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Editorial: China's Air Quality Dilemma - Reconciling Economic Growth With Environmental Protection
Francesca Dominici, Ph.D., and Murray A. Mittleman, M.D., Dr.P.H., of the Harvard School of Public Health, Boston, write in an accompanying editorial that "China's dilemma, like many countries with emerging industries, is how to reconcile rapid economic growth with environmental protection."
"In recent decades, China has achieved industrialization and urbanization. However, China has been much less successful in maintaining the quality of urban air. Several factors challenge the implementation of air pollution controls in China: heavy reliance on coal as a main heating system, especially in subsidized housing; lack of political incentives for trading slower growth for less pollution; economic factors: most Chinese factories and power plants run on extremely thin margins and fines for polluting are generally lower than the cost of controlling emissions; and economic transformation of the landscape, from ubiquitous construction sites to the rapid expansion of the nation's vehicle fleet. If air pollution in China and other Asian nations cannot be controlled, it could spread to other continents. A recent study by Lin et al provides compelling evidence that Asian emissions may account for as much as 20 percent of ground-level pollution in the United States. Clean air is a shared global resource. It is in the common interest to maintain air quality for the promotion of global health."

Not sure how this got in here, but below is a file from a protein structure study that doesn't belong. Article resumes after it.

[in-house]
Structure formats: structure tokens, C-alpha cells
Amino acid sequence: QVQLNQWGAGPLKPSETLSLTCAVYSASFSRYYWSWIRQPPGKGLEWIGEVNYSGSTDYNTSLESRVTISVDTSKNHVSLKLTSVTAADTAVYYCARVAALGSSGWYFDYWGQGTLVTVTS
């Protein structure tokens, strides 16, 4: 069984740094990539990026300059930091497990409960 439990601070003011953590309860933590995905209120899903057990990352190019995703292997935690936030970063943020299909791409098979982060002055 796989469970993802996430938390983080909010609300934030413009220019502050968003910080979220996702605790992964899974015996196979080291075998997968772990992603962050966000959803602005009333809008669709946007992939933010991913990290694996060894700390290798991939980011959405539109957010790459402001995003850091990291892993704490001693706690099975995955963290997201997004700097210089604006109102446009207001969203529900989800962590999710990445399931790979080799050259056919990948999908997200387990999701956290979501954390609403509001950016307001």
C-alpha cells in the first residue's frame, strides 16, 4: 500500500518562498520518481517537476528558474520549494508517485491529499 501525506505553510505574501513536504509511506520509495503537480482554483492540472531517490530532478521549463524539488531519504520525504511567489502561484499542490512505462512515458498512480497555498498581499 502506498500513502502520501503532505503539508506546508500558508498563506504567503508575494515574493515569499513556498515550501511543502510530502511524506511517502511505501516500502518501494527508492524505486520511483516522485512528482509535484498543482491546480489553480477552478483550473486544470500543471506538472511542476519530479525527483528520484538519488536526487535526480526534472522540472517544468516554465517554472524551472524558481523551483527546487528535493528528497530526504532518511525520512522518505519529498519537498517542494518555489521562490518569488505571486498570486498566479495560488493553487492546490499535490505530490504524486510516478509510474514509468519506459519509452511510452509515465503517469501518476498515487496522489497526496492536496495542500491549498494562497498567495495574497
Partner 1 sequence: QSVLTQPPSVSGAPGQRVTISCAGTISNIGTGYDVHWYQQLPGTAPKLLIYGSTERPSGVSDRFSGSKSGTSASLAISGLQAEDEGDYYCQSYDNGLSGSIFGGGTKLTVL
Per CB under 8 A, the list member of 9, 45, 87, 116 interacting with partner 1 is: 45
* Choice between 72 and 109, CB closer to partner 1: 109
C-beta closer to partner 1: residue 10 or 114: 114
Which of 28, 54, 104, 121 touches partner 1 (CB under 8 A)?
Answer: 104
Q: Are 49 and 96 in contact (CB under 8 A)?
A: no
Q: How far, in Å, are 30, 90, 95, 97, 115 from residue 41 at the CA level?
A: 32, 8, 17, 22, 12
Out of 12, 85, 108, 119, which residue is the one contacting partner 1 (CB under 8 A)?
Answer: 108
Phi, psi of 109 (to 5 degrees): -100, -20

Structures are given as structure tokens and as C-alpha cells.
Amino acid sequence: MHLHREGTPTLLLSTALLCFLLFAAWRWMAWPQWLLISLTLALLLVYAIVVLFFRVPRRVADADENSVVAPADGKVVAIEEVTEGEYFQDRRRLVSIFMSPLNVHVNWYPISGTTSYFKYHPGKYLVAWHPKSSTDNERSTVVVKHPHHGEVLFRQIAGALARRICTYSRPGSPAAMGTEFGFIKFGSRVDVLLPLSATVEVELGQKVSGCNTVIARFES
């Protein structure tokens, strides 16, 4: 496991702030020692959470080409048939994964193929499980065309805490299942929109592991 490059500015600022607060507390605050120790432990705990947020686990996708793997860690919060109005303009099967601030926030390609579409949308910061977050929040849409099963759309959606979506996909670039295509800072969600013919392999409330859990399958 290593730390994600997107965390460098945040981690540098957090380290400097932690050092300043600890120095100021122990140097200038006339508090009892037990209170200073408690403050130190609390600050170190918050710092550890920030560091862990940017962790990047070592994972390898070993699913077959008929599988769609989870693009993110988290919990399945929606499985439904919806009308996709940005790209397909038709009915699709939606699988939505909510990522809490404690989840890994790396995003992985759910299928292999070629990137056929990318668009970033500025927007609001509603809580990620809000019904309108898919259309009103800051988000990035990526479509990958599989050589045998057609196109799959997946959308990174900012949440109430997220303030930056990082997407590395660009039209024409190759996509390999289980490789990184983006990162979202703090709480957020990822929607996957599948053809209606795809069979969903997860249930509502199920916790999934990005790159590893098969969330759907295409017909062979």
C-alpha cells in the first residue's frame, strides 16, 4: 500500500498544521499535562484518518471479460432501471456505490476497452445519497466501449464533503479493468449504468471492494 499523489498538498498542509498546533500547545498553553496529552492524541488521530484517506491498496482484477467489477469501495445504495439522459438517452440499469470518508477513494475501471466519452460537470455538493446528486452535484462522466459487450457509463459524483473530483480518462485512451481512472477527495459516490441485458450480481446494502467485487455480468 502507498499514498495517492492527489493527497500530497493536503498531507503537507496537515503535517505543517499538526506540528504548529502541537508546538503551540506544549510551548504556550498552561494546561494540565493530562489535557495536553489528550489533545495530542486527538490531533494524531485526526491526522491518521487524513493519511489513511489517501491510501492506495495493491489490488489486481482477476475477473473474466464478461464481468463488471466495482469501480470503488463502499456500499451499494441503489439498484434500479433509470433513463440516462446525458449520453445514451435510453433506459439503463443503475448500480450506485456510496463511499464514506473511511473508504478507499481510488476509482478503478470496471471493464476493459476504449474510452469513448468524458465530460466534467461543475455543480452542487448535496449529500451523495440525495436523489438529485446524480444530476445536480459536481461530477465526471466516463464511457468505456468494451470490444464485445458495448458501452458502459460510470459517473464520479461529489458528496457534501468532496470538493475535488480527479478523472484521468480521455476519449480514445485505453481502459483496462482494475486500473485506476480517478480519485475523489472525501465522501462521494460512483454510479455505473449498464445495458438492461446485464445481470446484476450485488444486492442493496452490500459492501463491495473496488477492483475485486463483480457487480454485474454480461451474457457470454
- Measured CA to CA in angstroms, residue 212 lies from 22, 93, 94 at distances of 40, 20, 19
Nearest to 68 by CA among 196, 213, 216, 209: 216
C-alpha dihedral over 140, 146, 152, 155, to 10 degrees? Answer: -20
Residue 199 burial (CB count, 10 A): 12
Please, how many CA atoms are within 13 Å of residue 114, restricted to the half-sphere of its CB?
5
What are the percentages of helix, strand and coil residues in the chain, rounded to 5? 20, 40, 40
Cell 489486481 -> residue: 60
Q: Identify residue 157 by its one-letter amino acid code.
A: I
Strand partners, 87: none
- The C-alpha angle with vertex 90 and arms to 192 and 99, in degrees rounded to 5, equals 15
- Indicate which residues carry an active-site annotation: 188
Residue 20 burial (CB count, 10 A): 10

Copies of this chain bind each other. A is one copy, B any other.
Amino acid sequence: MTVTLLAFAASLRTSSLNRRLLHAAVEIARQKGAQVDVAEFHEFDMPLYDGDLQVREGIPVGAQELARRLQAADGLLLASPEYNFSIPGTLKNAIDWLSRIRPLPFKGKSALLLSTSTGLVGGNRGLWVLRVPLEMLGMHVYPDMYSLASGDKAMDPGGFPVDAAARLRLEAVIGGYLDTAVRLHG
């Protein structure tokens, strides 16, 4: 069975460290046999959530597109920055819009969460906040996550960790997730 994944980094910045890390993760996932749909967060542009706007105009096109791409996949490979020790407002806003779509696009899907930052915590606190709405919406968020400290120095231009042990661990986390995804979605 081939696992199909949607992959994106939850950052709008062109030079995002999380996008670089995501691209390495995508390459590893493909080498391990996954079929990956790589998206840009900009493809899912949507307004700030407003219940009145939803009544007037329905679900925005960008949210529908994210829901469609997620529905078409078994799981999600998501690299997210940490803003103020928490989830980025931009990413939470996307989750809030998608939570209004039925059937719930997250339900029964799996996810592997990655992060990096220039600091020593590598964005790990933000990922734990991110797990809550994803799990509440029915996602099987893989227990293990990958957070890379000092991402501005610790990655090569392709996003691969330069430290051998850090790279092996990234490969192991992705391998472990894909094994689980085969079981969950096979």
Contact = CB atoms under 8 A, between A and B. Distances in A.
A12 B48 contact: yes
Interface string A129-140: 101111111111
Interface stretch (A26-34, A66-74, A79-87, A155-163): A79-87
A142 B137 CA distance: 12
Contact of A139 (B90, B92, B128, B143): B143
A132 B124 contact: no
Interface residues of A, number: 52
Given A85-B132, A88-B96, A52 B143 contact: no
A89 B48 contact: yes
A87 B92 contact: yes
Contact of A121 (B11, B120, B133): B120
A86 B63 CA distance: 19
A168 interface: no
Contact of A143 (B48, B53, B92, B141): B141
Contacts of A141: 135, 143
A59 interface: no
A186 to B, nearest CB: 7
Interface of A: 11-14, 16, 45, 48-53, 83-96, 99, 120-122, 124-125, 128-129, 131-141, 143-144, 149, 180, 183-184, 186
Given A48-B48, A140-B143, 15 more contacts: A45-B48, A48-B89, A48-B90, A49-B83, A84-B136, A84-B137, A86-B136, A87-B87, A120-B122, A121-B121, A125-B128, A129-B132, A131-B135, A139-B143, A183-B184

(JAMA. 2012;307:2100-2102. Available pre-embargo to the media at www.jamamedia.org)
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